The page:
post #7 of 15
Is he on any medication that could be causing the confusion such as high blood pressure medicine? Also, diabetes can cause loss of concentration and confusion. Can he work the board O.K? i was out of this business for some years, and when I came back to it I could only track about 3 tickets at a time. I can do a lot more now, but it took awhile to get it back and I can't hold things in my head like I could when I was younger. I'm also not nearly as fast as I used to be. I am well aware of this and have taught my crew to be better than I am. It's like that song about I'm not as good as I once was. No shame in it, it's just how it is. I admire you for your concern and respect for this man. Many people in your position would see this as a chance to advance themselves at his expense. Be proud of yourself for being better than that. I hope everything works out well for both of you.
post #8 of 15
Thread Starter 
I'd still be washing dishes all day if it weren't for him. Gunning for a head chef job would not only be arrogant (I've only been in the kitchen 4 years, I have a lot to learn), but it would ungrateful. I guess there are lots of head chef/sous chef partnerships which are competitive, but I can't imagine working like that.
post #9 of 15
you are lucky to have each other..... how does he realize that he's mistaking sauces? Is it just the names or is he putting the wrong sauce on a dish?
cooking with all your senses.....
cooking with all your senses.....
post #10 of 15
This is my take on what I percieve be be the problem your chef is having. Please bear in mind, I mean no harm or disrespect to your chef.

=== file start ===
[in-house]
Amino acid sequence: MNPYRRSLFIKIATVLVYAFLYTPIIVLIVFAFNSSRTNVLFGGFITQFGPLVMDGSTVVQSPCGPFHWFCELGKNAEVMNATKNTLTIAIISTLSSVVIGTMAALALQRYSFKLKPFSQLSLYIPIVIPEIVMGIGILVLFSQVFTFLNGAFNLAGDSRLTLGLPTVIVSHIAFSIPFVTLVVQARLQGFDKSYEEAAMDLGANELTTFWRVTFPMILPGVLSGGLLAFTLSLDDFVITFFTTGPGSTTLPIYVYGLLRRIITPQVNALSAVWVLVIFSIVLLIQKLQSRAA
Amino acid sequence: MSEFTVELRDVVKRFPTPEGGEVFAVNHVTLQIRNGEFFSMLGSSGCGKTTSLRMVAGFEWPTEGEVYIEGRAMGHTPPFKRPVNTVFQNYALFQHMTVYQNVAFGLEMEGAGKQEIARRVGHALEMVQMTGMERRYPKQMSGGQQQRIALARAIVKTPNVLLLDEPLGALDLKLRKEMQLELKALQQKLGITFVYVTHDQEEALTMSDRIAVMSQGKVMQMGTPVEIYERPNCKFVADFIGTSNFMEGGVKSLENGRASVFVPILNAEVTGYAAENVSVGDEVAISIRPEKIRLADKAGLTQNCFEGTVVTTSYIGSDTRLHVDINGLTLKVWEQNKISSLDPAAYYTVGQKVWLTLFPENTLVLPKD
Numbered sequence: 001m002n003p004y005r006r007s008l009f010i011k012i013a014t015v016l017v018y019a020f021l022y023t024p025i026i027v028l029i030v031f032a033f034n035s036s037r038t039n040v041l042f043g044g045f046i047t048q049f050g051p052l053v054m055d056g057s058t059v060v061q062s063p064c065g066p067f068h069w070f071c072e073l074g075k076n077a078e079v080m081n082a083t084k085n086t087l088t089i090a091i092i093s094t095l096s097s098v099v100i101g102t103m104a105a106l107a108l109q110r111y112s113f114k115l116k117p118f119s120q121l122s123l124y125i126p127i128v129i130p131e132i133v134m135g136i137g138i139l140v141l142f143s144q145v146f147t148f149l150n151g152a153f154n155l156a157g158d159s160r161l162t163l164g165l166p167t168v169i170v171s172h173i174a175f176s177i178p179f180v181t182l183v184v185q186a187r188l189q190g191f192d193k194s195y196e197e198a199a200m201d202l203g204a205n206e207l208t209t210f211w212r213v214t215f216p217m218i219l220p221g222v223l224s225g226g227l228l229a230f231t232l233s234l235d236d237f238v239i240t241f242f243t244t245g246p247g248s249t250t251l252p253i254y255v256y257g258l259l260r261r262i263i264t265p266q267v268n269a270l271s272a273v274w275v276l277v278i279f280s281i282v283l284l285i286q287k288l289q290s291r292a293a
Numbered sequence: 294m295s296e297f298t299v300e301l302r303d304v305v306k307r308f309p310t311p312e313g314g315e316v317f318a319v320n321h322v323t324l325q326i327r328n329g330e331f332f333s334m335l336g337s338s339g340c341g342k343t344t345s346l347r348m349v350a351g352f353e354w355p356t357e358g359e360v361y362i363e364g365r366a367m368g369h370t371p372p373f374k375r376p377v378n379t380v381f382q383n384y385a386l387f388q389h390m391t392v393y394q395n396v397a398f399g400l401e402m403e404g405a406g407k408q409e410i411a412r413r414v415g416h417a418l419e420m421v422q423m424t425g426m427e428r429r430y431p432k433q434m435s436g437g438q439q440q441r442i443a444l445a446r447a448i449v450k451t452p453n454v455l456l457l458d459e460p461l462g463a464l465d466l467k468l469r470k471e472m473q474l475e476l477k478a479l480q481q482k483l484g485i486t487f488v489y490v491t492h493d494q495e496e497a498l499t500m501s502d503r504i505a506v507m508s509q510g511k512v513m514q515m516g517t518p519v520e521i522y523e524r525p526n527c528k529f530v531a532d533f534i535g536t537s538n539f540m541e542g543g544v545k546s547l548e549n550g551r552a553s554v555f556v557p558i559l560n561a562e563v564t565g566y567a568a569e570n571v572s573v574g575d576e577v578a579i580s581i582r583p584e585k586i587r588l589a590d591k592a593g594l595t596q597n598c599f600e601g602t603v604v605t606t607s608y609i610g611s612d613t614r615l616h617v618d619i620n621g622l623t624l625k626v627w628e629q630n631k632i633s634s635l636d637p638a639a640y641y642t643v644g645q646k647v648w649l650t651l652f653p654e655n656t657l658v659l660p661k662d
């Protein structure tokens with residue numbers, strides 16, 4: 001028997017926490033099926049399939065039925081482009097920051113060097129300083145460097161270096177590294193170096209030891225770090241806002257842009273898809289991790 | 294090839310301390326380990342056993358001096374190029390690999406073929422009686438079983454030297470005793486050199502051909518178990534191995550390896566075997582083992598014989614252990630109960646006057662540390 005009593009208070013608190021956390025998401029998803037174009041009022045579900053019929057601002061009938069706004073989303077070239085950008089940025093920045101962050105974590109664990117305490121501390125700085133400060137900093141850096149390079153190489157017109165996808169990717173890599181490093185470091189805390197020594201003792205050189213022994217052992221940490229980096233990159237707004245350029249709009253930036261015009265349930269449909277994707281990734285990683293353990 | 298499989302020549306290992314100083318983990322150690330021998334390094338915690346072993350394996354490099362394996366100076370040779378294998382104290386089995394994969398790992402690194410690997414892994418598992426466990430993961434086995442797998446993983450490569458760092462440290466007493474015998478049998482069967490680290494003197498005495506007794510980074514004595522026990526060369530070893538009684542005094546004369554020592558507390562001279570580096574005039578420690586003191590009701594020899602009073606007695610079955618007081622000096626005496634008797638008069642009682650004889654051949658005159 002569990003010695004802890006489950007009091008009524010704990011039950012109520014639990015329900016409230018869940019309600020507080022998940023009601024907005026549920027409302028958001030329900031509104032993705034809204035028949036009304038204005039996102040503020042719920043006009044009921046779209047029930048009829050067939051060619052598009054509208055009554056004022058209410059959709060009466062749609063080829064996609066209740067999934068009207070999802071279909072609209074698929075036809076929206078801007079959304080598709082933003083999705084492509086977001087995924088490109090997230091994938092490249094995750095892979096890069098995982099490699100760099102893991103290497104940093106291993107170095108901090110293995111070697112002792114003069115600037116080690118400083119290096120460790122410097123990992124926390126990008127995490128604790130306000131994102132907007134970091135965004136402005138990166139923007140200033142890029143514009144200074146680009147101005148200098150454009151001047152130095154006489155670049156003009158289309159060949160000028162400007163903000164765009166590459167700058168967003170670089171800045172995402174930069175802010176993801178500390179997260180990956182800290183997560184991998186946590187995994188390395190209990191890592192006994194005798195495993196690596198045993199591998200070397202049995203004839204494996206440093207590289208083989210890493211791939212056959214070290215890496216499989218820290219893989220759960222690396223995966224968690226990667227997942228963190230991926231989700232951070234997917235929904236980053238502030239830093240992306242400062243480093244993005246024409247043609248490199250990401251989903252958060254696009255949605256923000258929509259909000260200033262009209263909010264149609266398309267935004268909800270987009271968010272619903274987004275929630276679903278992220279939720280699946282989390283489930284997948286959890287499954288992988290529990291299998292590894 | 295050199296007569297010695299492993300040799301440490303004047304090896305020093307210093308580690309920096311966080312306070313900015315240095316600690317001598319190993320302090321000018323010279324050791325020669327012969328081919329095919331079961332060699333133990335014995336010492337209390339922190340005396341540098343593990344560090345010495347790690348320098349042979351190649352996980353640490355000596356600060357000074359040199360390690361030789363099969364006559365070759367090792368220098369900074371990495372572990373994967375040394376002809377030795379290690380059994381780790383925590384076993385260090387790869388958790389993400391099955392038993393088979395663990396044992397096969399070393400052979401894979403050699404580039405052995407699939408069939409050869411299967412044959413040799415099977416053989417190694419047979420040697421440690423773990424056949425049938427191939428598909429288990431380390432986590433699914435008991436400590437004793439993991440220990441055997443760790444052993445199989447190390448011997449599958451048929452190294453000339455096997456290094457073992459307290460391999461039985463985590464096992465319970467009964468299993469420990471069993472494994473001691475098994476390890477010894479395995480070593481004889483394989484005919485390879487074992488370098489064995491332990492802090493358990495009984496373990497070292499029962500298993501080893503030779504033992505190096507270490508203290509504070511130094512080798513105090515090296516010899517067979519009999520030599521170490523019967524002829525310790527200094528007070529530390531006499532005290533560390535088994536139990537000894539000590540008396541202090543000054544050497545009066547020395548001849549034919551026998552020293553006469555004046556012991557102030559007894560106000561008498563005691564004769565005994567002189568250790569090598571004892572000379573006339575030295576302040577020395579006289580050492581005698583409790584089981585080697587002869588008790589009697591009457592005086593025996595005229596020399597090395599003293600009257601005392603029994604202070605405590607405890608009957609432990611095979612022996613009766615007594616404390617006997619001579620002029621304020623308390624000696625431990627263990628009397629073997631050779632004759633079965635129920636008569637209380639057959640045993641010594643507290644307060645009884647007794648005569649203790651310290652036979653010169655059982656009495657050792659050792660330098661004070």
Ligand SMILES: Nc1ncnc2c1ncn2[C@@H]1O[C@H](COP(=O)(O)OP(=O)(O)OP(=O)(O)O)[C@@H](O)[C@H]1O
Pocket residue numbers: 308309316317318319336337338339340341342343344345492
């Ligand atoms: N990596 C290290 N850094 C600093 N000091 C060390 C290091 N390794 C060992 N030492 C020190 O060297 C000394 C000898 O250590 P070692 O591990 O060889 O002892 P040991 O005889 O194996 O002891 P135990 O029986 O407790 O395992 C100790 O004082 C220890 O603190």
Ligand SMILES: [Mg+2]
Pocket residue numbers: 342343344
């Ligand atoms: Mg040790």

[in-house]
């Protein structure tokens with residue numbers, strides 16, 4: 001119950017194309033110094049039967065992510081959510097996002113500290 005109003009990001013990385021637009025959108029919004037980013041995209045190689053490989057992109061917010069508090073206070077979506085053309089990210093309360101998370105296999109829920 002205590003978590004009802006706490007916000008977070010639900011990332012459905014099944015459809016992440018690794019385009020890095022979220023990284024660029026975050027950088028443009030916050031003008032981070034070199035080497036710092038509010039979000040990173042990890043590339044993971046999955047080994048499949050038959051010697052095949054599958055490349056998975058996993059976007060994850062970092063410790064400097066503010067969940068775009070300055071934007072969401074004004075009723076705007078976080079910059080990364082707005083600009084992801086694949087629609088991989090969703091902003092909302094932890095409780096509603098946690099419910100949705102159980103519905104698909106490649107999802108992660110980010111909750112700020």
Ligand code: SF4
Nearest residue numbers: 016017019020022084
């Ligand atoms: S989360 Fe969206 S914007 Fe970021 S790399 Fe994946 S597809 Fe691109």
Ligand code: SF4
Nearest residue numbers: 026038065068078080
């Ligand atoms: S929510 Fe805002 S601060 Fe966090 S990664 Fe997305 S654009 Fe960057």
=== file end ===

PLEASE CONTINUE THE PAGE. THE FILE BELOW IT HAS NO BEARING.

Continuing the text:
Most likely he is the victim of time and genetics. Time allows accumulation. In this case the accumulation of damage from chronic inflammation. This inflammation, to some extent, comes from an unhealthy lifestyle. We all know the drill--diet, exercise, obesity, smoking, alcohol consumption, drugs abused(illegal use), drugs not abused(prescribed medications), chronic stress and a host of environmental things like smog, airbourne allergens, chemical exposure, sun exposure etc.

The body naturally fights against these things but is often overwhelmed by the level of inflammation that occurs. Damage to the various systemic cells occurs and eventually the systems start to decline or head towards failure. Greyeaglem has already indicated a couple of the diseases that are common for people in the age group of your chef. You may not be aware of these conditions but you do know about the arthritis and you are seeing/observing some level of mental deterioration in your chef.

The big question is, can your chef reverse the damage and improve his condition. I believe so and will give you a personal example. I'm reasonably near your chef in age. Early last year my weight had gone up again to near its highest ever level. Physical activity was a real chore and I noticed some real problems with my memory. In particular remembering passwords on the computer. I would even write them down and then couldn't remember where I put them. As spring came on I got much more active by sheer force of will. I started eating much more healthily all with the goal of losing weight. When I lost about 25 lbs my memory improved noticeably. I felt better and could function better both physically and mentally. I have continued to eat better although the physical activity went down over the winter.

In relation to some forms of vascular/heart diseases Dr Dean Ornish has shown that by changing diet one can actually reverse these conditions noticeably. The dietary changes are severe but it does work which shows that the body wants to be in a healthy state. Less severe dietary changes and healthy living information can be found from Dr Mehmet Oz and Dr Roizen, the You on a Diet guys.

You chef most likey needs medical intervention for things like arthritis, diabetes, hypertension or any other condition he may have but experience has shown that a healthy lifestyle oftens reduces the need from medications. As greyeaglem pointed out sometimes the medications we take can cause other problems.